Archive for April, 2013

April 29, 2013

Letters to the young (2 of 5)

by Rod Smith
You’d be amazed at the power of politeness. By this I mean expressing genuine care and awareness of others.

Saying “please” and “thank you” and “may I help you” and “is there anything you’d like to tell me” is like dropping a drawbridge for goodness to pour in and out of your own life.

While it’s unwise to be polite simply for the return (that’s an advanced form of manipulation) genuine care and politeness will re-ignite something good in you that is tough to stop.

Asking people of all ages about their days, really taking an interest in others and in developing your manners will not only distinguish you from others who are your age, but it will give you a taste of the beauty of life that is quite astounding.

Listening, asking polite questions, following up with appropriate questions, learning the art of NOT making every conversation about you and your interests will open your heart to a world the self-centered cannot see.

Try it. Use your parents for target practice. Even if you fake it you might awaken some dormant goodness and kindness that’s been hiding beneath your possibly surly surface since you hit your teen years, and you might be more than overwhelmed at the results.


April 28, 2013

Letters to the young…..

by Rod Smith

Your parents are the most important people you will ever know.

Get things right with them, and you’ll be poised for success.

By “right” I mean embark on the ongoing journey to develop your skills by loving, honoring, enjoying, and negotiating with them.

If you don’t, if you settle for on-going conflict, you will probably spend a lifetime engaged in conflicts large and small with others, especially with those whom you love.

Your parents are the springboards for everything.

Treat them well.

Of course I am well aware that not all parents are committed to their children or deserve the kind of respect and effort I am suggesting.

In very unusual circumstances, parents have been particularly evil. This is so unusual and I’d encourage young people from such families to communicate with me directly.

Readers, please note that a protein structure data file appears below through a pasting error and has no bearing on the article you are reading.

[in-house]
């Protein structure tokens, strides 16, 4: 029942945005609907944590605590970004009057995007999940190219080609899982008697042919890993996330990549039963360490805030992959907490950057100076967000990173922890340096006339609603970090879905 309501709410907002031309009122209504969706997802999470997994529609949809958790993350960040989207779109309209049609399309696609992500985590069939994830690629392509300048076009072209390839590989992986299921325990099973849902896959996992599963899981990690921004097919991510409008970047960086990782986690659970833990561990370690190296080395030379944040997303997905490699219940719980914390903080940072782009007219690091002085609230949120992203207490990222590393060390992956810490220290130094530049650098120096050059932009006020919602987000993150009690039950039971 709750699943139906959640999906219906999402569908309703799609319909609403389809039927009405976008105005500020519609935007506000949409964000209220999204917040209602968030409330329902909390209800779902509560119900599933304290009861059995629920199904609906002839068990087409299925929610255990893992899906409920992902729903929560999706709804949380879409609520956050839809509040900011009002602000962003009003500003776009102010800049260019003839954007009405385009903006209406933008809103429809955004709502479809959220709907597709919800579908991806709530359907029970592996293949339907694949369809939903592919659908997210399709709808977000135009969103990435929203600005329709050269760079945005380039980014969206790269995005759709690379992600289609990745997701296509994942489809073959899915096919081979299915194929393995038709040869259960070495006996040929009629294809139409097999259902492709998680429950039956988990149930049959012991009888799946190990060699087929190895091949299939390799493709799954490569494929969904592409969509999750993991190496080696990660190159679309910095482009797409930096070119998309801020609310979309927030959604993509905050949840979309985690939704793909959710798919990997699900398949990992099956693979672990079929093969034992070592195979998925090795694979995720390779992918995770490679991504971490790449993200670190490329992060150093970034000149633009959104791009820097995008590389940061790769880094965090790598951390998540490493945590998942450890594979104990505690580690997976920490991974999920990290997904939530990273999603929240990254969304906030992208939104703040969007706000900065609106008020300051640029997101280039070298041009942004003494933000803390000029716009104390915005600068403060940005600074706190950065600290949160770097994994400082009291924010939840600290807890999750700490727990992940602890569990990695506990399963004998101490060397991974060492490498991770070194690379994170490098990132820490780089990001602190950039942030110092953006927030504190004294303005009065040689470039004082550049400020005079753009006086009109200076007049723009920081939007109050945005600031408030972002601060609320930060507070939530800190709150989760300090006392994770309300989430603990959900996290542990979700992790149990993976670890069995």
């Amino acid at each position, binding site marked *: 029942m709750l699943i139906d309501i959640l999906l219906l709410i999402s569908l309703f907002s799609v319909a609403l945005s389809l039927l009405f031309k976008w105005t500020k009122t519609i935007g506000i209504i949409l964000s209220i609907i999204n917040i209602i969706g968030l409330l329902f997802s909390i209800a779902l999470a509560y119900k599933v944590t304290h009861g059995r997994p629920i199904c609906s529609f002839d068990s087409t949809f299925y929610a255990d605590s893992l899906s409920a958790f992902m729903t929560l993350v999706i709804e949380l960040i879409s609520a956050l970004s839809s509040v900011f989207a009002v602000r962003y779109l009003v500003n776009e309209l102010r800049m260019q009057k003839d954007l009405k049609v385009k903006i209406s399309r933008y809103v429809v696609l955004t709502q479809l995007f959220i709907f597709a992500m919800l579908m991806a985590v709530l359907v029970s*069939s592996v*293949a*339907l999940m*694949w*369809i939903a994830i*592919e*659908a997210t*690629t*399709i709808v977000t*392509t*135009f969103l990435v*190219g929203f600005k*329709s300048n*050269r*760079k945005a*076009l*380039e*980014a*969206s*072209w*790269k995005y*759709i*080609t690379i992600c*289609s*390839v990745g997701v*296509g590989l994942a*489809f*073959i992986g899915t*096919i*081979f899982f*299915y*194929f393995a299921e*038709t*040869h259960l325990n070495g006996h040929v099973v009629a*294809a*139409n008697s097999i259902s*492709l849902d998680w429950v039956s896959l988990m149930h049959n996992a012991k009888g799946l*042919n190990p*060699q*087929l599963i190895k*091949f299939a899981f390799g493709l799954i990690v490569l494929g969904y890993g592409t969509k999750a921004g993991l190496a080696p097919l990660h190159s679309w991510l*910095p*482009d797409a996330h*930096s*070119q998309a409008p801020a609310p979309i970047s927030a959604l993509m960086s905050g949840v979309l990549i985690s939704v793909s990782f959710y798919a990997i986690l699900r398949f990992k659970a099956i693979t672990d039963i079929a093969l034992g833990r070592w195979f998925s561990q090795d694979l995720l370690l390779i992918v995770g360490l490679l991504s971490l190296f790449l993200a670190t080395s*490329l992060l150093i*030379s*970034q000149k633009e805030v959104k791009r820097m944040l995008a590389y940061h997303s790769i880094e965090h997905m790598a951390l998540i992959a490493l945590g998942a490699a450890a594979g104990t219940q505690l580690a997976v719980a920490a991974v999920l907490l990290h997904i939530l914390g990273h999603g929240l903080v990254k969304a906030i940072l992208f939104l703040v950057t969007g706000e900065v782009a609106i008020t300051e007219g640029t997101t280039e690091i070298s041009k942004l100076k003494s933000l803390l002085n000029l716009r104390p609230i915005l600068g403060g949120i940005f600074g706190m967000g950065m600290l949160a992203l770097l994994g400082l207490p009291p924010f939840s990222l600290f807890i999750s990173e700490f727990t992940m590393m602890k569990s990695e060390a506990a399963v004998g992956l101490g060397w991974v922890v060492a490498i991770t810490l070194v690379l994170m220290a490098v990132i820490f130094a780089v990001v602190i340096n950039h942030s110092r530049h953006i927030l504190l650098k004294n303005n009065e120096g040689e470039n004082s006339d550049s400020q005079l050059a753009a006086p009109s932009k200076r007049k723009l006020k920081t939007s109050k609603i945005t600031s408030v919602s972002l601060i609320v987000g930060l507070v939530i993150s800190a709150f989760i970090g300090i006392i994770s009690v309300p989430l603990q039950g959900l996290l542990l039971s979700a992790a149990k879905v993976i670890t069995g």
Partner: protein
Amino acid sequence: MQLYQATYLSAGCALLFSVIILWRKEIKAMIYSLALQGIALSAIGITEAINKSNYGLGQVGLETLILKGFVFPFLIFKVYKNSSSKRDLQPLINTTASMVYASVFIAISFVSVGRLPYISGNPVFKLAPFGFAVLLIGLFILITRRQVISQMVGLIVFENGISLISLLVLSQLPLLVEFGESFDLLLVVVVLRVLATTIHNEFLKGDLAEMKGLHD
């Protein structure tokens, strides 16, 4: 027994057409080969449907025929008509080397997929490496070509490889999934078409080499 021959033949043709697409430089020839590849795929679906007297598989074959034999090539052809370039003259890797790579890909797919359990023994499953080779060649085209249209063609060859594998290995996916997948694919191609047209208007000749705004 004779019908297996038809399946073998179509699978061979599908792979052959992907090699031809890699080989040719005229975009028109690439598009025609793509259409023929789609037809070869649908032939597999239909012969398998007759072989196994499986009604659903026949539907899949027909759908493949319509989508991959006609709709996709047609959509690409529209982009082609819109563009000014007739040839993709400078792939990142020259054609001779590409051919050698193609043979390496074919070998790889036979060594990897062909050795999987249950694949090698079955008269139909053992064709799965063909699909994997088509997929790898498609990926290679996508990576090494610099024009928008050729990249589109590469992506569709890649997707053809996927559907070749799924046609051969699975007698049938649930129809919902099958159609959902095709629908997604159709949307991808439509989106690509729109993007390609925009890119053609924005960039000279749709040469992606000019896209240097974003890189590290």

Yes. Your imperfect mother and father, with all their faults and failings, are the perfect training ground for you to learn and discover almost everything you need to know about how life works.

Get what you can, while you can – in faith, in humility, and with grace.

The rewards are timeless.

April 24, 2013

I take a counter view…….

by Rod Smith

A man responds to the column of April 22, 2013 about being a stepfather…..

“You are correct. You will never replace you step children’s father. The children did not ask for the divorce or for you to be in their lives. Their mother will never put you ahead of her children, nor should she.”

I hear often that a mother will never place the new husband (in fact even the children’s father) before the children.

This is often touted as “good mothering.” While no counselor would suggest a parent ought to neglect children, there is a distinct difference between being a parent and a partner. It is a very healthy parent who exercises the difference.

There are conditions under which it is a healthy for parents to allow their primary commitment as a spouse to take priority over their commitments as a parent. Yes, you read correctly!

Just as it is a travesty to neglect a child, it is also a travesty to neglect a spouse, especially in the name of “putting the children first.”

I’ve seen parents hide behind “putting the children first” as a means to avoid the bravery required to be a full and functioning partner.

Sometimes it’s good for children to be in second, even third, or fourth place!

April 7, 2013

A week at a time……

by Rod Smith

At least for this week….

  1. Listen more than you speak. Really listen. This means you are not waiting to speak, or formulating your rebuttal, or accessing your “better story” while others are talking. The ONLY evidence of love is that you listen. Take note of the many times people “one-up” each other with stories, shift the focus onto themselves, or maneuver a conversation into their control. Don’t do any of this – at least not this week.   
  2. Tell the truth with love and compassion. Sometime this means keeping very quiet. Sometimes it means boldly speaking out. Let your words heal and encourage – at least this week. 
  3. Examine how you spend your money. Are you getting yourself deeper in debt, or closer to financial freedom, as a result of the use of how you use this money at this time? How you use every cent has the power to take you in one direction or another. Examine your spending – at least for this week.
  4. Embrace downward mobility – seek to serve rather than be served, seek to honour others rather than to be honored. Get over yourself so that you become a useful member of your community rather than trying to make it all about you – at least for this week.